Herdon’s sleek electronic chorales couldn’t sound more different from DADABOTS’ deranged pastiche. But throughout our conversation, she also emphasizes the underlying relationship between training data and musical output. For PROTO, she only used audio recorded during the album’s compositional process as training data for Spawn, rather than exposing the A.I. to the work of other artists. This decision was both aesthetic and ethical-economic. She believes that concerns about data collection and usage raised by A.I. applications like facial recognition and targeted social media advertising will also be important to consider in the world of A.I. music. The ability to quickly generate copies of other artists’ music could raise new legal questions for an industry that has long struggled to find equitable solutions for royalties rights regarding sampling and songwriting interpolation.

“You could imagine being able to make a voice model of Aretha Franklin or Tupac, and then being able to make new works in an entirely new context that they never would have approved of,” Herndon says. “As soon as you record something, as soon as something’s machine readable, it’s essentially automatically entering into a training corpus that you have then no say in—past, present, and future.”

For the Iranian-born, London-based composer Ash Koosha, questions of authorship, identity, and performance are nearly as important as the music itself. Koosha has spent the last few years working on an A.I.-powered virtual singer named Yona, which he believes is capable of filling a role already carved out by some of today’s biggest contemporary pop musicians. “Yona has a name, she has a personality, and she has an appearance now,” he says. “She performs the music, and as she improves, her unique voice is on the path to becoming a full electronic pop musician.”

On the 2018 release C, Yona sounds like a mathematical approximation of high-concept pop acts like SOPHIE, Grimes, and Kim Petras, artists who sometimes deliberately blur the recognizably “human” aspects of their own music in favor of a heightened digital artificiality. Here, instead of a pop singer trying to sound like a machine, it’s a machine trying to sound like a pop singer. Tracks like “Oblivious” and “Sin” challenge preconceptions of expressive vocal possibility, inhabiting the strange space between human and computer. And with a CGI avatar and artfully-curated Instagram, Yona asks whether having a corporeal body matters at all for a celebrity when so much of fans’ consumption is mediated through a smartphone screen. (In the last aspect especially, she’s not so different from the CGI-generated social media influencer character Lil Miquela, who has also dabbled in pop music.)

Yona is an early prototype for Koosha’s company Auxuman, which is attempting to bring a “new breed of virtual musicians, performers and cultural icons” to the masses. “We’re aiming to build a fleet of musicians in the next two years,” Koosha tells me on a call from his home in London. “We want to focus on having ten types of different artists that are all gonna go big in their own way. We’re focused on how we can maximize their abilities artificially to see what comes out of it.”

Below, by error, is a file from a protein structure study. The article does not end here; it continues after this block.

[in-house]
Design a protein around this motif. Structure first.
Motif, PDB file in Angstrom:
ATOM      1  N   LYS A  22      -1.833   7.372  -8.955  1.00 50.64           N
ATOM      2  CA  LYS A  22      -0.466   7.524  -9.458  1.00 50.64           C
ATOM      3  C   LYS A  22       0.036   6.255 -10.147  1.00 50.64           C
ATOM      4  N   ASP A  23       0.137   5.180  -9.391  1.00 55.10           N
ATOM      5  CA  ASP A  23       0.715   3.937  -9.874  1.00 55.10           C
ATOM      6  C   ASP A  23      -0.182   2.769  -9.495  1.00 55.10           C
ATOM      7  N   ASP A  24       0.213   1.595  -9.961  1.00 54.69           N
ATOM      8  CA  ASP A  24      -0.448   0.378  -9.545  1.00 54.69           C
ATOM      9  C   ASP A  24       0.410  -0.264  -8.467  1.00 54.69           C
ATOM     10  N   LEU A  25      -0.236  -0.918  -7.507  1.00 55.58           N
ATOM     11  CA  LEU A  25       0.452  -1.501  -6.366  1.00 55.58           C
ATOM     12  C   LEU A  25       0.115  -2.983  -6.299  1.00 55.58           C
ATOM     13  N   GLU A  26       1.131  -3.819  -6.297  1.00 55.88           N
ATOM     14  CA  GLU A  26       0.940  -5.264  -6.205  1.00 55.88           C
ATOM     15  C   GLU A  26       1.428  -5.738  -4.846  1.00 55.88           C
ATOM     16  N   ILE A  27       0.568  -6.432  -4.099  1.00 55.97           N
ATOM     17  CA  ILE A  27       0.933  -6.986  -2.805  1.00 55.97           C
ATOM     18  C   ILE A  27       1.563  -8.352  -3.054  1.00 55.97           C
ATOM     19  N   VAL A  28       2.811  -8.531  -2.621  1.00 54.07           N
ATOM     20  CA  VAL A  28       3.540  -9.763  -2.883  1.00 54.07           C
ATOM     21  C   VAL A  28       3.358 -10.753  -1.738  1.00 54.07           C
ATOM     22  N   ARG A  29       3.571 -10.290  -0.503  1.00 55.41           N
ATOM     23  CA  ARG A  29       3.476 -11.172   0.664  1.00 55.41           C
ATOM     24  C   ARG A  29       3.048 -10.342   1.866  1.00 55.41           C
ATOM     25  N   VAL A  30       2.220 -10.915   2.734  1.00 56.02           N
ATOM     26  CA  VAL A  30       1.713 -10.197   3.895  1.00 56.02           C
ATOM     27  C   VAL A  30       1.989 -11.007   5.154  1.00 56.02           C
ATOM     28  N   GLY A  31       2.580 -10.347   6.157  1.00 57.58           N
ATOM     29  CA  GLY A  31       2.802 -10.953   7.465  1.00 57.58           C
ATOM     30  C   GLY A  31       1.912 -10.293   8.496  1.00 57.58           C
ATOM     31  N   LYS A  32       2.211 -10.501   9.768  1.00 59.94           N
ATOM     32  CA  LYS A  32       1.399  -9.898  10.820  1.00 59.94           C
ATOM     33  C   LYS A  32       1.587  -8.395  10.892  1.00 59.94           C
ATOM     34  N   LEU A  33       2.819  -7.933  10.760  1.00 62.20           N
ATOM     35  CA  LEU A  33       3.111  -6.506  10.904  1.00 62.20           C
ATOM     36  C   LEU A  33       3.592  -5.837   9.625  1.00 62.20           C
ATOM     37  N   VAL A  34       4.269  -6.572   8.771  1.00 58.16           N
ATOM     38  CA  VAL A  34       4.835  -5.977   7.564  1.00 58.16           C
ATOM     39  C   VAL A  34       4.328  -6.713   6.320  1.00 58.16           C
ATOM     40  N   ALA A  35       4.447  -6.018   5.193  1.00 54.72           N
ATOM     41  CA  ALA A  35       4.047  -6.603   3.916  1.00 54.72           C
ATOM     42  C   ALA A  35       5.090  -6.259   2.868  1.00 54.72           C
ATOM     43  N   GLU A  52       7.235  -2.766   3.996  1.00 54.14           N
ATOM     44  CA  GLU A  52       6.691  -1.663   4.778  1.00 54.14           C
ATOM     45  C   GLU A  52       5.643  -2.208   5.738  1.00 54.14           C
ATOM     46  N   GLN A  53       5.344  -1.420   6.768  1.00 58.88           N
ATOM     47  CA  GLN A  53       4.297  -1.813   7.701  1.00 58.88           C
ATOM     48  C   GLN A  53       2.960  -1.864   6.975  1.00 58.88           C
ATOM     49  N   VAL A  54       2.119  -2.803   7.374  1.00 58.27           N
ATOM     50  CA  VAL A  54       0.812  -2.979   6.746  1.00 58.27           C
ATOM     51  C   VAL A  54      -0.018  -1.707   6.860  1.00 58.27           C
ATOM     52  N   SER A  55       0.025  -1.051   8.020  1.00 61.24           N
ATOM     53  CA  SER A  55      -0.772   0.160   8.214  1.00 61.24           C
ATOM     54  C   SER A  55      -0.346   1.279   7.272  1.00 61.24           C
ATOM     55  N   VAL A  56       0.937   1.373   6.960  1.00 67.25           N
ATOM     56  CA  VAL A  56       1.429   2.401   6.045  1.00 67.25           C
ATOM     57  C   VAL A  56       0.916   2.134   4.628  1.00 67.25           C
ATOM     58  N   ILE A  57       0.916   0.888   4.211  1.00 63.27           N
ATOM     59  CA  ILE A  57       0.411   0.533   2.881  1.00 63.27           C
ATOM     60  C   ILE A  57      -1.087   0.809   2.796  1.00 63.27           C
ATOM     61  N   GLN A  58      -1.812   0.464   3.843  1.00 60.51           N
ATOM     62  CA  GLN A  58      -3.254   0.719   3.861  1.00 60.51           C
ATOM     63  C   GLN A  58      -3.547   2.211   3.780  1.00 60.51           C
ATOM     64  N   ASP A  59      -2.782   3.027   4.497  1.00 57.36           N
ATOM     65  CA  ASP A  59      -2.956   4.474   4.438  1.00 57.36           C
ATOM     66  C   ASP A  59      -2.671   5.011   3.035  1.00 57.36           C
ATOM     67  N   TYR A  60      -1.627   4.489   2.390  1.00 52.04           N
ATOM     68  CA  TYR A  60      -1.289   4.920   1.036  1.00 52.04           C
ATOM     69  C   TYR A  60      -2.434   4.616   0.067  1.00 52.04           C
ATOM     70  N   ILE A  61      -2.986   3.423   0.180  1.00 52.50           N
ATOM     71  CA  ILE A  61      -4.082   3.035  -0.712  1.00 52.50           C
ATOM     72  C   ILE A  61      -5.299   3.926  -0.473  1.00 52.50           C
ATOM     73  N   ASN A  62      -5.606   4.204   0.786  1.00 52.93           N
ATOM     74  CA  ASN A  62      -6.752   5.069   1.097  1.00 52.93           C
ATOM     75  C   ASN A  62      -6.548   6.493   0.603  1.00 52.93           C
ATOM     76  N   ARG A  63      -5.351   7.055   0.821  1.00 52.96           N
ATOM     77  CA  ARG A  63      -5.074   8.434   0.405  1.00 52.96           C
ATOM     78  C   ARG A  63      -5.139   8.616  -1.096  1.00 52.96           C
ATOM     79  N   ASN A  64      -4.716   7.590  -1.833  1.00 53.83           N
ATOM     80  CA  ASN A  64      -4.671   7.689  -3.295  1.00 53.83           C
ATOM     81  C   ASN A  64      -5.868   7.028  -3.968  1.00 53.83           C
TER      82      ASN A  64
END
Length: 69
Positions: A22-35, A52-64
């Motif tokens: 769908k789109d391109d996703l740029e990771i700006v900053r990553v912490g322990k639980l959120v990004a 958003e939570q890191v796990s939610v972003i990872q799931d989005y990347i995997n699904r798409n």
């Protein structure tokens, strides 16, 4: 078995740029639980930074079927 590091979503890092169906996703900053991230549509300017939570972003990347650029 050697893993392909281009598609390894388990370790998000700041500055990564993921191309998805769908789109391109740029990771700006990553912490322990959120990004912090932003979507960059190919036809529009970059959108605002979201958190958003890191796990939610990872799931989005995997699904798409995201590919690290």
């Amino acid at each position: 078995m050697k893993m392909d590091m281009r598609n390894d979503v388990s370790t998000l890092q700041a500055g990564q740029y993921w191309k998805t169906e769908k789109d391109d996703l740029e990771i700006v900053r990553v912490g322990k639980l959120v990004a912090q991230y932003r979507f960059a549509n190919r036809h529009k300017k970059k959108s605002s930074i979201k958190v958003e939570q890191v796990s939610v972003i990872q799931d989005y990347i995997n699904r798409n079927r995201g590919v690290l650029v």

Koosha sees Auxuman both as an art project and as a functional company, one that he hopes will offer a solution to problems facing the music industry at a time when art and commerce are more entwined than ever. Tracing the evolution of the pop star through a history of record contracts, endorsement deals, and Instagram #sponsored posts, he describes a proliferation of images and corporate associations that are necessary for artists to succeed at a large scale. He believes that these and other cultural-economic pressures may to fuel creative burnout in young artists after only a few years of viable career-building potential. “I’m personally excited to see how I can reduce that in a sense,” he says. “To be able to limit how companies are inclined to find these young artists who push the product. Maybe these virtual characters can be their billboards now.”

Yona made her live debut at this year’s Rewire Festival in the Netherlands, where Koosha brought the pop star’s image to life as a 3D projection. In an impressive video of the performance later uploaded to Instagram, a Yona avatar dances barefoot, her rendering somewhat reminiscent of the 2014 film Ex Machina. Koosha calls the performance a success, and says that it helped him confirm the project’s viability as a legitimate touring act. “The only thing that she needs to do to perform is to send out a hard disk and set of instructions for production on-site,” he says. “What that means is that you basically cut a lot of the costs traditionally associated with touring.”

Koosha doesn’t shy away from the language of automation, and responds in the affirmative when asked if the Yona project is an attempt to automate the role of the human pop star. Throughout our conversation, he routinely invokes the liberating potential that his digital avatars can provide to touring musicians, many of which he believes would rather be working on new music than jetting from stage to stage as branded identities.

Koosha’s company obviously stands to benefit from the success of this idea. Whether human musicians would see the same upside is a more complicated question. With album sales in perpetual freefall and streaming services paying out fractions of a cent in royalties for each song played, the tours and endorsement deals that Auxuman seeks to automate are among the only reliable revenue streams left for a musician. It’s hard to imagine how Auxuman could survive as a company without taking a cut of those earnings. In April, the company raised $200,000 in funding from venture capital firms to help along its vision.